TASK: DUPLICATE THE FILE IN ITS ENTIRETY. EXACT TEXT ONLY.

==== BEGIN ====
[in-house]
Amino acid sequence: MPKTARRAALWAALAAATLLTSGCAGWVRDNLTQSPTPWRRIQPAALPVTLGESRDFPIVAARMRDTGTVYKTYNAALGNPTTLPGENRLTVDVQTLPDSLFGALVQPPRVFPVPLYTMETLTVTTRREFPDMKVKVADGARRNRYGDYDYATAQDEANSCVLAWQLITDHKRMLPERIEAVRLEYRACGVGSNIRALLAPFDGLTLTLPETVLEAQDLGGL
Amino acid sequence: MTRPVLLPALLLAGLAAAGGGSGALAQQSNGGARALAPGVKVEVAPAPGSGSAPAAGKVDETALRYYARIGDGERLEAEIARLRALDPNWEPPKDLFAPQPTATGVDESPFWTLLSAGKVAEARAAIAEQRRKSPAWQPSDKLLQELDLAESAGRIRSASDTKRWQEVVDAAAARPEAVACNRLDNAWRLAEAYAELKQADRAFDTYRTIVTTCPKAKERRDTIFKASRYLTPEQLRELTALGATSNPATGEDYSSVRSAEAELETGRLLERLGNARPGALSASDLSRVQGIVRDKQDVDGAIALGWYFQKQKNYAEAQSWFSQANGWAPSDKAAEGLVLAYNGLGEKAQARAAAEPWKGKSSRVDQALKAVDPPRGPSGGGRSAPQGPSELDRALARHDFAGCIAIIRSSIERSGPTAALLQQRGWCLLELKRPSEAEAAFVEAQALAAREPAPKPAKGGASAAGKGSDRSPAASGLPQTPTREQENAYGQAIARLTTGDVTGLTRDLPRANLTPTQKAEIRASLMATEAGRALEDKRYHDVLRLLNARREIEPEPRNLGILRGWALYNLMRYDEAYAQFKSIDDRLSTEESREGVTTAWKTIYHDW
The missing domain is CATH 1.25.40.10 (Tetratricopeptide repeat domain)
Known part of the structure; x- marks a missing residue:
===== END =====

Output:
[in-house]
Amino acid sequence: MPKTARRAALWAALAAATLLTSGCAGWVRDNLTQSPTPWRRIQPAALPVTLGESRDFPIVAARMRDTGTVYKTYNAALGNPTTLPGENRLTVDVQTLPDSLFGALVQPPRVFPVPLYTMETLTVTTRREFPDMKVKVADGARRNRYGDYDYATAQDEANSCVLAWQLITDHKRMLPERIEAVRLEYRACGVGSNIRALLAPFDGLTLTLPETVLEAQDLGGL
Amino acid sequence: MTRPVLLPALLLAGLAAAGGGSGALAQQSNGGARALAPGVKVEVAPAPGSGSAPAAGKVDETALRYYARIGDGERLEAEIARLRALDPNWEPPKDLFAPQPTATGVDESPFWTLLSAGKVAEARAAIAEQRRKSPAWQPSDKLLQELDLAESAGRIRSASDTKRWQEVVDAAAARPEAVACNRLDNAWRLAEAYAELKQADRAFDTYRTIVTTCPKAKERRDTIFKASRYLTPEQLRELTALGATSNPATGEDYSSVRSAEAELETGRLLERLGNARPGALSASDLSRVQGIVRDKQDVDGAIALGWYFQKQKNYAEAQSWFSQANGWAPSDKAAEGLVLAYNGLGEKAQARAAAEPWKGKSSRVDQALKAVDPPRGPSGGGRSAPQGPSELDRALARHDFAGCIAIIRSSIERSGPTAALLQQRGWCLLELKRPSEAEAAFVEAQALAAREPAPKPAKGGASAAGKGSDRSPAASGLPQTPTREQENAYGQAIARLTTGDVTGLTRDLPRANLTPTQKAEIRASLMATEAGRALEDKRYHDVLRLLNARREIEPEPRNLGILRGWALYNLMRYDEAYAQFKSIDDRLSTEESREGVTTAWKTIYHDW
The missing domain is CATH 1.25.40.10 (Tetratricopeptide repeat domain)
Known part of the structure; x- marks a missing residue: